It was then and there that it hit me—the bizarre devil’s bargain that Americans have entered into with their seafood supply. Americans now harvest our best , most nutritious fish in our best-managed Alaskan fisheries and send those fish over to Asia. In exchange, we are importing fish farmed in Asia, with little of the brain-building compounds fish eaters are seeking when they eat fish. [Page 190]

Yes, we basically trade Alaskan salmon for fish that is barely fish. Tilapia is fish with training wheels. It is fish for people who find the flavor of cod, haddock, or Pollock not quite bland enough. My father, who slurped oysters with the best of them, referred to it as “Chinese junk fish” because it offered none of the benefits of fish while serving up a host of economic and environmental concerns.

We, as a whole, do not really consider the bounty of the sea. Cattle and the steaks that are cut from their carcasses are the apex foodstuff that comes from American land followed closely by the legions of swine and chickens processed into McRibs and nuggets of various odd shapes:

We need to understand that the marshes of Louisiana are not just an idyll to observe egrets and alligators; they are a food system, one that provides a large portion of the catch in the continental United States. If we choose to , we can support the environment that is home to shrimp, redfish, bluefish, blue crabs, oysters, flounder, sea trout, and others. Yes, there is a small risk of contamination from eating wild seafood from the Gulf. But that risk, when compared to all the other food risks we take as a nation, is infinitesimal. [Page 155]

It’s about consumer behavior and realizing the bounty that is present on our shores. If we could just get out of the whole bland white shrimp, slightly pink salmon, and piles of tilapia complex their could be a huge outpouring of economic support for American seafood. The challenge lies in getting people to accept something that is outside of their comfort zone. Ironically, this has been done already with more familiar land based foods. A few years ago odd cuts of beef like flank or skirt were sold for a fraction of the price of more mainstream cuts, but now those flavorful cuts command a premium. Heritage breeds of pork and poultry populate our palates in increasing numbers every year. Why can’t we do the same with food that swims?

But the future of the American catch depends not only on American governance , but also on the behavior of American consumers. There is no more intimate relationship we can have with our environment than to eat from it. [Page 16]

Take a weekend, read Greenberg’s American Catch, and think about the next type of seafood that you order at a restaurant or buy at the supermarket. Make it Alaskan salmon or Gulf shrimp or an odd filet that the fishmonger at the co-op is all excited about that week. America depends on it.

Friday Linkage 6/5/2015

The week just flies when you get a bike ride in for six straight days. I could get used to this life if the weather would just continue to be pleasant. Fat chance of that happening as the summer humidity is already starting to build here in Eastern Iowa.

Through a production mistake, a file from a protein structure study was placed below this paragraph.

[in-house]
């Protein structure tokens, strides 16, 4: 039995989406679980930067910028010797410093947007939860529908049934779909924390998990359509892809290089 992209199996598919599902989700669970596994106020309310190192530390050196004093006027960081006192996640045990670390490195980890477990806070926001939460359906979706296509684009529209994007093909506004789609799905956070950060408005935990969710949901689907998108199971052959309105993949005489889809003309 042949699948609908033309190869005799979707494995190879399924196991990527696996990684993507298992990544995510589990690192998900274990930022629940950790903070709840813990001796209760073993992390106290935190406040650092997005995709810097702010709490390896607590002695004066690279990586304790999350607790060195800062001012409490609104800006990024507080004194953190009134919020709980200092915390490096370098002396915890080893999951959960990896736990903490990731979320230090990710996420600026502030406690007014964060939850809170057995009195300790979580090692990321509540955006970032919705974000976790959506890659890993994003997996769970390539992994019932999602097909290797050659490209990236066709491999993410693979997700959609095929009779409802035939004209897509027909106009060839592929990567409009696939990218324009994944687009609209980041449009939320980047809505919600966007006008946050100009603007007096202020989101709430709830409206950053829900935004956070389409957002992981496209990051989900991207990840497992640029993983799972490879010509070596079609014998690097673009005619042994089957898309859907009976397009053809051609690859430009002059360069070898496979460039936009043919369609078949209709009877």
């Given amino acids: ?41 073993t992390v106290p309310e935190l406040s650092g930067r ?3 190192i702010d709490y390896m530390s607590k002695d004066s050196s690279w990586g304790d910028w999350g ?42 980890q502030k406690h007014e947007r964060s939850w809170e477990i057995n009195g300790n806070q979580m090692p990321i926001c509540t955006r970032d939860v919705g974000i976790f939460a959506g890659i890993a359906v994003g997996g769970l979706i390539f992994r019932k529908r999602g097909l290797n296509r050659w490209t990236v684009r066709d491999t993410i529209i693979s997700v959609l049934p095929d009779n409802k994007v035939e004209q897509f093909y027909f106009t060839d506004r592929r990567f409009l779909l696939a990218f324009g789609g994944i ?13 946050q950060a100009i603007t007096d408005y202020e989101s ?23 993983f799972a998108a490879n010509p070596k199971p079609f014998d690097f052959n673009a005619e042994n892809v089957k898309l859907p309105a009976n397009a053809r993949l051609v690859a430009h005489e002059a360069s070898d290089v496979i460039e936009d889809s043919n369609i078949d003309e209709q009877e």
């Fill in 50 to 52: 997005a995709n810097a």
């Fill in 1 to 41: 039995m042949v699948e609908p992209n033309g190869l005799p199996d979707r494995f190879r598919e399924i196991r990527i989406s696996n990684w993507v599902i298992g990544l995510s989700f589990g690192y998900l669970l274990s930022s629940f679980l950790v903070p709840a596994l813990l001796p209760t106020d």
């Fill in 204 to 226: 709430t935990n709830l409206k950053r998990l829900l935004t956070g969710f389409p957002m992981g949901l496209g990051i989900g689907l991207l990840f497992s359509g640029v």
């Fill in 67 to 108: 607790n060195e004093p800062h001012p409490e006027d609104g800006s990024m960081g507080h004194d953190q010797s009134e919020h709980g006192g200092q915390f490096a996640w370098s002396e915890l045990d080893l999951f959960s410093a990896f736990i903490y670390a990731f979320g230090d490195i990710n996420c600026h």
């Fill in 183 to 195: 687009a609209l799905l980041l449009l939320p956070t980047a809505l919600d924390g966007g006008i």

On to the links…

Solon Farm Converts 25 Acres into Largest Hopyard in Iowa—I cannot wait to enjoy some of these local hops in a tall glass of Big Grover Brewery beer.

Research Downplaying Impending Global Warming is Overturned—If all this is looking a lot like what happened to tobacco companies in the 1990s it should because a lot of the same players are involved on the side of industry. They just shifted issues and are still getting paid to spread disinformation and lies.

The Beginning Of Wildfire Season Means More Bad News For Drought-Stricken West—No one knows how big or bad this wildfire season will be, but considering how dry California is right now there is the potential that it could be huge.

The Texas Floods Are So Big They Ended the State’s Drought—I doubt that the solution will be long lived, but it is amazing how much rain the storms in Texas brought to bear.

Disturbing Infographic Shows How Plastic is Clogging our Oceans—Hint, it’s a lot:

plastic-buildup-720x6888.jpg.650x0_q70_crop-smart

New Report Suggests U.S. Can Meet Its Climate Goals Without Congressional Action—We have the tools to address the worst aspects of climate change and it does not require a functioning legislative branch of government. Imagine that.

Regulators Give Green Light to Largest Minnesota Solar Energy Project—$250 million spread over 21 sites is a lot of solar in a state more associated with hot dish and passive aggressive behavior than harvesting the sun. Is Minnesota the United States’ Germany when it comes to solar PV?

Insane Solar Jobs Boom About To Get $32 Million More Insane—Here is when things start to snowball. As jobs become realized and the sector becomes attractive to investment the ancillary jobs in R&D, program management, etc. will start to flourish. There may be hope for us yet.

Coal Industry Received More Than $73 Billion In Last 8 Years—War on coal my ass. The world spends billions every year propping up this dirty fuel.

How Renewable Energy in South Africa is Quietly Stealing a March on Coal—Coal is dead. Developing countries are trying to get out from under the long term entrapment of coal fired power and renewables are the go to source because they are not dependent on the old paradigm.